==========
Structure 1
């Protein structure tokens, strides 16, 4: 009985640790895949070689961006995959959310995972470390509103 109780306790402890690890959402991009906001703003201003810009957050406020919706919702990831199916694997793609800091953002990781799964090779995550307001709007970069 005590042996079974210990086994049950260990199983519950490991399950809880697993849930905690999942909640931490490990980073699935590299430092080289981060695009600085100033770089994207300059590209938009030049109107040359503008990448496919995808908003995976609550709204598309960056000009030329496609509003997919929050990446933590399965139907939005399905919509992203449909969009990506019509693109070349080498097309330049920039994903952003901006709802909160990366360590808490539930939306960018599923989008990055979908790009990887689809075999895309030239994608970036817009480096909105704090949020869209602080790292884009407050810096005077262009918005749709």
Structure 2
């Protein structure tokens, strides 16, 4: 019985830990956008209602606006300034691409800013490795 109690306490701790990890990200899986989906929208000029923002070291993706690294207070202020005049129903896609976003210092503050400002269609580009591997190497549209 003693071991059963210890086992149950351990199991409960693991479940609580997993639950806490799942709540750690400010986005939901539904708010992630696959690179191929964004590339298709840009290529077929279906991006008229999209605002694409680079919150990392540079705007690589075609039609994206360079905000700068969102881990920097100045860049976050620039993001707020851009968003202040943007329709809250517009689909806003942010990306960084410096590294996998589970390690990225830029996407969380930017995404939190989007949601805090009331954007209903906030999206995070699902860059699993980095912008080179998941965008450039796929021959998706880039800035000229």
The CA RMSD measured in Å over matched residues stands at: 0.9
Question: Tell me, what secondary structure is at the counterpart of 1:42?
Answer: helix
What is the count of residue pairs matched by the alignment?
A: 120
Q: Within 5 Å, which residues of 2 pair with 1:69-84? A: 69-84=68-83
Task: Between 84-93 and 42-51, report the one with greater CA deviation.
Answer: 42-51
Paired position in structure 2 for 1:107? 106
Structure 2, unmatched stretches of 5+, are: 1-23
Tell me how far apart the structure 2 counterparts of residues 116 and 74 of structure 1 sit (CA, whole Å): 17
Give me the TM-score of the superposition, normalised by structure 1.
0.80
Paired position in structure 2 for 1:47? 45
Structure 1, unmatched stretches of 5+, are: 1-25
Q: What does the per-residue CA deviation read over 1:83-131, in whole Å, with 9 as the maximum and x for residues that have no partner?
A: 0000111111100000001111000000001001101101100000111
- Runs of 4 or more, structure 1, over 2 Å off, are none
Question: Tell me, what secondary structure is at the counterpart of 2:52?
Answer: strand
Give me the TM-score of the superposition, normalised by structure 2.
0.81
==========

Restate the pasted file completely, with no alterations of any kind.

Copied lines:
Structure 1
């Protein structure tokens, strides 16, 4: 009985640790895949070689961006995959959310995972470390509103 109780306790402890690890959402991009906001703003201003810009957050406020919706919702990831199916694997793609800091953002990781799964090779995550307001709007970069 005590042996079974210990086994049950260990199983519950490991399950809880697993849930905690999942909640931490490990980073699935590299430092080289981060695009600085100033770089994207300059590209938009030049109107040359503008990448496919995808908003995976609550709204598309960056000009030329496609509003997919929050990446933590399965139907939005399905919509992203449909969009990506019509693109070349080498097309330049920039994903952003901006709802909160990366360590808490539930939306960018599923989008990055979908790009990887689809075999895309030239994608970036817009480096909105704090949020869209602080790292884009407050810096005077262009918005749709």
Structure 2
């Protein structure tokens, strides 16, 4: 019985830990956008209602606006300034691409800013490795 109690306490701790990890990200899986989906929208000029923002070291993706690294207070202020005049129903896609976003210092503050400002269609580009591997190497549209 003693071991059963210890086992149950351990199991409960693991479940609580997993639950806490799942709540750690400010986005939901539904708010992630696959690179191929964004590339298709840009290529077929279906991006008229999209605002694409680079919150990392540079705007690589075609039609994206360079905000700068969102881990920097100045860049976050620039993001707020851009968003202040943007329709809250517009689909806003942010990306960084410096590294996998589970390690990225830029996407969380930017995404939190989007949601805090009331954007209903906030999206995070699902860059699993980095912008080179998941965008450039796929021959998706880039800035000229």
The CA RMSD measured in Å over matched residues stands at: 0.9
Question: Tell me, what secondary structure is at the counterpart of 1:42?
Answer: helix
What is the count of residue pairs matched by the alignment?
A: 120
Q: Within 5 Å, which residues of 2 pair with 1:69-84? A: 69-84=68-83
Task: Between 84-93 and 42-51, report the one with greater CA deviation.
Answer: 42-51
Paired position in structure 2 for 1:107? 106
Structure 2, unmatched stretches of 5+, are: 1-23
Tell me how far apart the structure 2 counterparts of residues 116 and 74 of structure 1 sit (CA, whole Å): 17
Give me the TM-score of the superposition, normalised by structure 1.
0.80
Paired position in structure 2 for 1:47? 45
Structure 1, unmatched stretches of 5+, are: 1-25
Q: What does the per-residue CA deviation read over 1:83-131, in whole Å, with 9 as the maximum and x for residues that have no partner?
A: 0000111111100000001111000000001001101101100000111
- Runs of 4 or more, structure 1, over 2 Å off, are none
Question: Tell me, what secondary structure is at the counterpart of 2:52?
Answer: strand
Give me the TM-score of the superposition, normalised by structure 2.
0.81